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Review: Starry, Starry Night – The De Bethune DB25 Starry Varius

by Frank Chuo on September 10, 2018

De Bethune DB25 Starry Varius

Think of De Bethune and you think of finishing taken to the next level. Be it polishing or engraving, everything is always done so flawlessly and immaculately. With the introduction of the DB25 Starry Varius, this trend of excellence continues. The watch may be one of the most evocative we’ve photographed and reviewed, and it helps that it is so incredibly photogenic. We bring you the details and our thoughts on one of De Bethune’s latest creation, the DB25 Starry Varius.

 

 

The Case, Dial, and Hands

The case of the DB25 Starry Varius is crafted in Grade 5 titanium and entirely polished to complement the dial. Titanium cased watches are known for their lightness and comfort on the wrist and the DB25 Starry Varius is no exception. Its ergonomics is further enhanced with the new case design boasting, most prominently, a smaller yet still modern diameter of 42 mm (as opposed to the usual 44 mm and above). The signature hollowed lugs, previously extending from the backside of the case, now stretch out from the case middle instead. Measuring only 8.8 mm in height, the watch will have no problem slipping under tight dress cuffs and being worn as a dress watch. But where the DB25 Starry Varius truly shines – and quite literally – is on the dial. As you set your eyes on the face of the watch, they are immediately drawn to the stunning blue in the centre. This dial inlay is, like the case, made of titanium. But titanium isn’t naturally this glossy, or blue. It starts off as a rough plate in De Bethune’s manufactory, grey and uninteresting. Its journey to becoming the night sky starts with polishing, extensive mirror polishing. It is then treated with a protective lacquer coating before being cut, cleaned and oven-blued. A second coating of lacquer is then applied before perforations are made where the gold stars are going to be. About 100 gold pins with spherical heads, each representing a star, are then fixed onto the dial. The Milky Way seen in the background is actually gold leaf that has been carefully applied. To make things even more interesting, the imagery of the night sky on the dial can be customised to the customer’s preferred location and date.

 

The new DB25 Starry Varius is fitted in a very manageable 42 mm x 8.8 mm polished titanium case.

 

The remainder of the dial is silver-toned and bears blue Roman numerals that encircle the titanium plate in the centre. They, along with the two golden Breguet hands, indicate the time, which is the only function of the timepiece. Each hour is further marked by golden studs outboard of the Roman numerals. Overall, we feel that the DB25 Starry Varius oozes class, obviously scoring top points for aesthetics and design. We love how visually dynamic the blue centre is. Given its mirror-polished nature, it changes tone depending on the angle that light is hitting it, going from electric blue to almost black. The stars in gold contrasts spectacularly on the blue backdrop and we also like how three-dimensional it is. The fact that all this is now packed in a very wearable 42.0 mm x 8.8 mm lightweight titanium case is a huge boon for collectors who want to wear this piece of art on their wrist daily and not just stash them in the cold depths of a safe.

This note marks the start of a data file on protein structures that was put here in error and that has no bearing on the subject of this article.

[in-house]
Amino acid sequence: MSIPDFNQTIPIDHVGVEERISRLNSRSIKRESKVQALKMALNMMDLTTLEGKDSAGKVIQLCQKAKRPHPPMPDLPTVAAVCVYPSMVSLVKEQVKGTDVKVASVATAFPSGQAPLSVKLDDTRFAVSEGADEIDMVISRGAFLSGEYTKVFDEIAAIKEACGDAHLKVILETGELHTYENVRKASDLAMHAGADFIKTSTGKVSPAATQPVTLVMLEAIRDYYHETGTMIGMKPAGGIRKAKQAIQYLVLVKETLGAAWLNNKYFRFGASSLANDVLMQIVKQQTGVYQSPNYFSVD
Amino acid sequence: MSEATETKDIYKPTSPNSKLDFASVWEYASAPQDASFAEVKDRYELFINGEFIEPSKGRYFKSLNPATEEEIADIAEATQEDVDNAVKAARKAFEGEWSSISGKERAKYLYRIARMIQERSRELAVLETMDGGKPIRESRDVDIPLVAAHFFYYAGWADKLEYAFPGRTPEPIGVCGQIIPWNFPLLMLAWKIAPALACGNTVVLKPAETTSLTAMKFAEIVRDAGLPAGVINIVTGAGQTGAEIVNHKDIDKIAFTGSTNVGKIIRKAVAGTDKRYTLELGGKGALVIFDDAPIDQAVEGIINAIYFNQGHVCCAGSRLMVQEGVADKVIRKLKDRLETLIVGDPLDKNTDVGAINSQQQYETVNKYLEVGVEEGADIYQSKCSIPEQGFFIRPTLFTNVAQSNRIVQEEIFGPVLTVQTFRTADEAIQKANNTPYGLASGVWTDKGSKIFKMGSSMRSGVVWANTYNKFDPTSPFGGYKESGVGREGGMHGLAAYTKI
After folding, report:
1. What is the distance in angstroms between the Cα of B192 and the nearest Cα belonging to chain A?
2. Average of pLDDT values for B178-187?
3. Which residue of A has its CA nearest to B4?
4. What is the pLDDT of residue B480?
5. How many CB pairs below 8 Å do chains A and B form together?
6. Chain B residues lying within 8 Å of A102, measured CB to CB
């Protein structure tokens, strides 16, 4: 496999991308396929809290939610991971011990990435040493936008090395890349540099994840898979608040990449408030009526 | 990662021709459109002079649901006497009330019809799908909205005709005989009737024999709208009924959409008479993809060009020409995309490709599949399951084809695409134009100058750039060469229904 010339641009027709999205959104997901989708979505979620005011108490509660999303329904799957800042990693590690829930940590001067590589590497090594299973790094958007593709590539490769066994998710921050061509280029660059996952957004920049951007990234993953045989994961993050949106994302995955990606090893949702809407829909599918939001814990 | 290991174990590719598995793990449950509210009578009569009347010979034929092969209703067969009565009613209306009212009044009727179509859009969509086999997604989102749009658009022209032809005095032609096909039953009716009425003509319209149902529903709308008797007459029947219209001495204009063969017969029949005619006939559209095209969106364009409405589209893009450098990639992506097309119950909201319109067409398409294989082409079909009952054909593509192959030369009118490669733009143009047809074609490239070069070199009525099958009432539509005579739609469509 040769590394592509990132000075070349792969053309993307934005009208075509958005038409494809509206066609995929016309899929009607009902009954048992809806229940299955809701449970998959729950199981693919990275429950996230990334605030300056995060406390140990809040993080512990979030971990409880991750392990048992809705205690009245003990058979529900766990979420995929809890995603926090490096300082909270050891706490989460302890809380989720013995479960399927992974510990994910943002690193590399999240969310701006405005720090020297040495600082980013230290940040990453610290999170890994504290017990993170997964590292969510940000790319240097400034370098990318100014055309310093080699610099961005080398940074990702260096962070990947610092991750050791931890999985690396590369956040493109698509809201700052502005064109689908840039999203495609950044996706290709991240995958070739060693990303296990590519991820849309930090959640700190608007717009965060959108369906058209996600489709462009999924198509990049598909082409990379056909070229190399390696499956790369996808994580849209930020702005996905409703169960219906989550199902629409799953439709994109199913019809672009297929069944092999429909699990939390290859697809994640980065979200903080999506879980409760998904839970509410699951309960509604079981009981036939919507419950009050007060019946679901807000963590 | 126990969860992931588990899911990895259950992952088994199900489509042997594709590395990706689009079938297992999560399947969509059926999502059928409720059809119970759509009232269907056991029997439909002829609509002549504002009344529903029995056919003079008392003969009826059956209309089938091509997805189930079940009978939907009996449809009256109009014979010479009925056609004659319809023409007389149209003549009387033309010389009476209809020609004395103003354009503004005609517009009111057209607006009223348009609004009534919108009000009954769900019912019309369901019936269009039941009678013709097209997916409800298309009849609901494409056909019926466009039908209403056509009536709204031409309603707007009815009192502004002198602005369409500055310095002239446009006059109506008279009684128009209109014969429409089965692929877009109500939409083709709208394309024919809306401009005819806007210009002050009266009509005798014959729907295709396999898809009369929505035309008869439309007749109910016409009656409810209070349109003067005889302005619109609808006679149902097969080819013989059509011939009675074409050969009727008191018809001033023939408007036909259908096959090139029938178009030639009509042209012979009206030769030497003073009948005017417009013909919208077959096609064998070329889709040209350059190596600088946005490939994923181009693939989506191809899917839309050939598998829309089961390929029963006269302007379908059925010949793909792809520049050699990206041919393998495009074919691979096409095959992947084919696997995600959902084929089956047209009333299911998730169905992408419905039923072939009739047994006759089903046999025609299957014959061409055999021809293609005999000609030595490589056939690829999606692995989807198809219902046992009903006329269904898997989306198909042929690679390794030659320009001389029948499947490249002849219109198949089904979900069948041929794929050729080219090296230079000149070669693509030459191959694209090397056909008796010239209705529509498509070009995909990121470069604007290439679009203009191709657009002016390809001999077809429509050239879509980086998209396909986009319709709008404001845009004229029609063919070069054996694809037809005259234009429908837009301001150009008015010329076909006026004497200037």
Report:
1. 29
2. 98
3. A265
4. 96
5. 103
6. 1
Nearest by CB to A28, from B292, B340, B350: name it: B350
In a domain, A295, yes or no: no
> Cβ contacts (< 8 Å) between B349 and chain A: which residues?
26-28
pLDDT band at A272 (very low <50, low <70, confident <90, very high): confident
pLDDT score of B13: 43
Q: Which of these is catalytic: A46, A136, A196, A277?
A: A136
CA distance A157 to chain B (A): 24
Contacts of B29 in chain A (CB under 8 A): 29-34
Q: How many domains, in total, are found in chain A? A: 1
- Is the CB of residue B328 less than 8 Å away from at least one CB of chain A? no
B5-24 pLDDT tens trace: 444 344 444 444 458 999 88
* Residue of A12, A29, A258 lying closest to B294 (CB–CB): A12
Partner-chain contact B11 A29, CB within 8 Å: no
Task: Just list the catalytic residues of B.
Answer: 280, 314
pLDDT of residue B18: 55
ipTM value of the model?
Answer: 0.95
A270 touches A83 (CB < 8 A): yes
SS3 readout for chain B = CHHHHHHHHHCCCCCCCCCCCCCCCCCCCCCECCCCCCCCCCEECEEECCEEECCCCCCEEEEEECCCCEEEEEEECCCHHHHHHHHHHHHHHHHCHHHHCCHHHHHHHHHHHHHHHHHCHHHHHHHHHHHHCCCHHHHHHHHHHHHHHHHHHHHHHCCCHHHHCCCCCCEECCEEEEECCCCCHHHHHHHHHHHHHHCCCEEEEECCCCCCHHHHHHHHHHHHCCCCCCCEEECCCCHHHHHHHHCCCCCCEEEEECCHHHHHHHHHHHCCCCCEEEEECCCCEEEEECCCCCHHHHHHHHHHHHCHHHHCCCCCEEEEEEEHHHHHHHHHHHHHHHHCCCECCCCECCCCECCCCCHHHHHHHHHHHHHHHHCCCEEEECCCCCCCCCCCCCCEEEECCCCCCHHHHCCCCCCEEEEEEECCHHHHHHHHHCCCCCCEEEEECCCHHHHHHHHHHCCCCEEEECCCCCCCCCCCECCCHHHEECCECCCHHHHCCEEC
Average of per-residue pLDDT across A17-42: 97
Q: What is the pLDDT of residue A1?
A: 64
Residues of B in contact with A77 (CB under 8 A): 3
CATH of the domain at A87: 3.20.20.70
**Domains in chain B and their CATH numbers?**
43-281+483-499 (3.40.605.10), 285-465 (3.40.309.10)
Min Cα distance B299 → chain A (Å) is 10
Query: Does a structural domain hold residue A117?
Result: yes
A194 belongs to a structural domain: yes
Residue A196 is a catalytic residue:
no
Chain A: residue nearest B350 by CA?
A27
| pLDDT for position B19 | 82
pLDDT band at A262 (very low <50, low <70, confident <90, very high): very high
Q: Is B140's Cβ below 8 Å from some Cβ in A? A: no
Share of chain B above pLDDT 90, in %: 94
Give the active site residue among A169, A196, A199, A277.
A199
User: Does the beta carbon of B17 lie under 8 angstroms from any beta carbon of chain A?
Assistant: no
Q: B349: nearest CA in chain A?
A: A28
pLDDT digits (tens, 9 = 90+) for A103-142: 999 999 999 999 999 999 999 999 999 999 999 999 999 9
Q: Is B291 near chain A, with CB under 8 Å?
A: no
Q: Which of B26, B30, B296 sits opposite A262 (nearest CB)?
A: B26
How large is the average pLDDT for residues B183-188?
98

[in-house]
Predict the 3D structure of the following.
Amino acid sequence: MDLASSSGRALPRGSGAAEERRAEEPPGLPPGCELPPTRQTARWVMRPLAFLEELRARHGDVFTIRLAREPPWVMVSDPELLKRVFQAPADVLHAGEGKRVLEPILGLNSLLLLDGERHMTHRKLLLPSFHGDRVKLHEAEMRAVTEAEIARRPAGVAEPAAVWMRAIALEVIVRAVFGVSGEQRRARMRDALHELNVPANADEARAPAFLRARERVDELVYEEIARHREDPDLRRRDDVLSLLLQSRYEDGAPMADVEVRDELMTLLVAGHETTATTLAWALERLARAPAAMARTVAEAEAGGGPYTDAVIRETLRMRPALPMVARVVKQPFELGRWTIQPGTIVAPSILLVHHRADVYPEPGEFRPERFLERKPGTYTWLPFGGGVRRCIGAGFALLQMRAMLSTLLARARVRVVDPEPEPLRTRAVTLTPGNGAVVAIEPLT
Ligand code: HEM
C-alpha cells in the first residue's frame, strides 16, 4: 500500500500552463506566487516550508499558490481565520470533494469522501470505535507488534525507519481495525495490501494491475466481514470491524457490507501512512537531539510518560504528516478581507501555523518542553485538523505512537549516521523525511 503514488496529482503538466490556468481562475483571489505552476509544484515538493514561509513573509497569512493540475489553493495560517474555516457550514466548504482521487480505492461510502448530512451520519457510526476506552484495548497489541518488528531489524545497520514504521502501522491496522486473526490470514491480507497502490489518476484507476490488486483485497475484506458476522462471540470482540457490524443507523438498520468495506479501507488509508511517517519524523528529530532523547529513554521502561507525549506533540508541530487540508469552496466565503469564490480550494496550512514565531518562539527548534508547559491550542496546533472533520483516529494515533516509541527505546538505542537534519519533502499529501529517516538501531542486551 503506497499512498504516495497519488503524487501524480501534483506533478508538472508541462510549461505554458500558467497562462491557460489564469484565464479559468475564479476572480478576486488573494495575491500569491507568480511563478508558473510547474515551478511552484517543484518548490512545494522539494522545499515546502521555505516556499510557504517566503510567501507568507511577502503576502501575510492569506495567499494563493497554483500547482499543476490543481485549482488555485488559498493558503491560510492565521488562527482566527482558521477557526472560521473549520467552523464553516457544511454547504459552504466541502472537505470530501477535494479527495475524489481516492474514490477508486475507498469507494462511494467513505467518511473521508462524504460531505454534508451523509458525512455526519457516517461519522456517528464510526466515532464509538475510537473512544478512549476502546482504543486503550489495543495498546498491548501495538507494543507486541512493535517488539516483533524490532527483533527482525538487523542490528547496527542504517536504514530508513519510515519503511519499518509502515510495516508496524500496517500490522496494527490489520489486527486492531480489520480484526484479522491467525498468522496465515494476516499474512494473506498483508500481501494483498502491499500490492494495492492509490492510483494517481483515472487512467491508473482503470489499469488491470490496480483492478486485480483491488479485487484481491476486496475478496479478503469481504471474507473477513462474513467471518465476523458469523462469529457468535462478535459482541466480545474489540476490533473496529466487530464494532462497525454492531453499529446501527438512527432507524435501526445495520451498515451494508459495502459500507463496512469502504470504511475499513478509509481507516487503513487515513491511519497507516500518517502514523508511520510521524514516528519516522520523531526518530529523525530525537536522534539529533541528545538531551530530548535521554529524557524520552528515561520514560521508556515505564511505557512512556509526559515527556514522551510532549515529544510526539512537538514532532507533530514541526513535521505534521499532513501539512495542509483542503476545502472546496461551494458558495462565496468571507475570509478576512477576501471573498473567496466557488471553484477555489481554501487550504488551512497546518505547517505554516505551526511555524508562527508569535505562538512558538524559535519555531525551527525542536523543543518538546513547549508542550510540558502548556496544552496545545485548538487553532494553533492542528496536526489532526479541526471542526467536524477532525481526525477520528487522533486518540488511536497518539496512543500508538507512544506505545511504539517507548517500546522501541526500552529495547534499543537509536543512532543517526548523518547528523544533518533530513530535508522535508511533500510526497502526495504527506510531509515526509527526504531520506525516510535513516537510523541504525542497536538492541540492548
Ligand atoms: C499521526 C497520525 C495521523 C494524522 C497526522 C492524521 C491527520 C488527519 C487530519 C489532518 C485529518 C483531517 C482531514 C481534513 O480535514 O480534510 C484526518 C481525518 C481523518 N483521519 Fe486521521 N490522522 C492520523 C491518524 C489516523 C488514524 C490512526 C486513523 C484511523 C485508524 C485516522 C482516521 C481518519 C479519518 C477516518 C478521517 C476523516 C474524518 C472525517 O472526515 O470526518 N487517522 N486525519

The high-polished blued titanium plate in the centre of the dial morphs from black to electric blue depending on the angle it is viewed.

 

The Movement

The DB25 Starry Varius is powered by the 27-jewel, in-house Caibre DB2005. The manually wound movement boasts an impressive 6 days of power reserve off of twin mainspring barrels and operates at a modern 4 Hz beat rate. The contemporary design and materials used on the watch don’t just stop at the case and dial; the movement itself features present-day innovations. The DB2005 utilises a titanium balance wheel with gold weights and a silicon escape wheel. It is also protected from shocks by the brand’s patented Triple pare-chute shock absorbing system.

 

The Calibre DB2005 as viewed from the sapphire crystal case back.

 

For a simple time-only watch, the DB2005 is more than technically sound – its specs go above and beyond. This stretches to finishing and decoration as well. The bridge in the centre with its unique starship-like shape is most likely to draw first attention. It is gorgeously striped with the edges both chamfered and polished. The balance bridge is rounded and polished, the former making the latter a difficult task. Contrasting the linear waves seen on most of the surface of the movement is the snailing on the twin mainspring barrels. The rubies that add to the colour pallet of the calibre are fitted inside deep, spectacularly polished slots. A minor lamentation that we have is on the lack of inward angles. The DB25 Starry Varius is after all an ultra-high end independent timepiece with a price tag that reflects its exclusivity. That said, we figured also that it wouldn’t be worth showboating IF it meant disrupting the desired appearance of the movement. In just one conclusive sentence, the Calibre DB2005 is flawless in both technical and aesthetic aspects.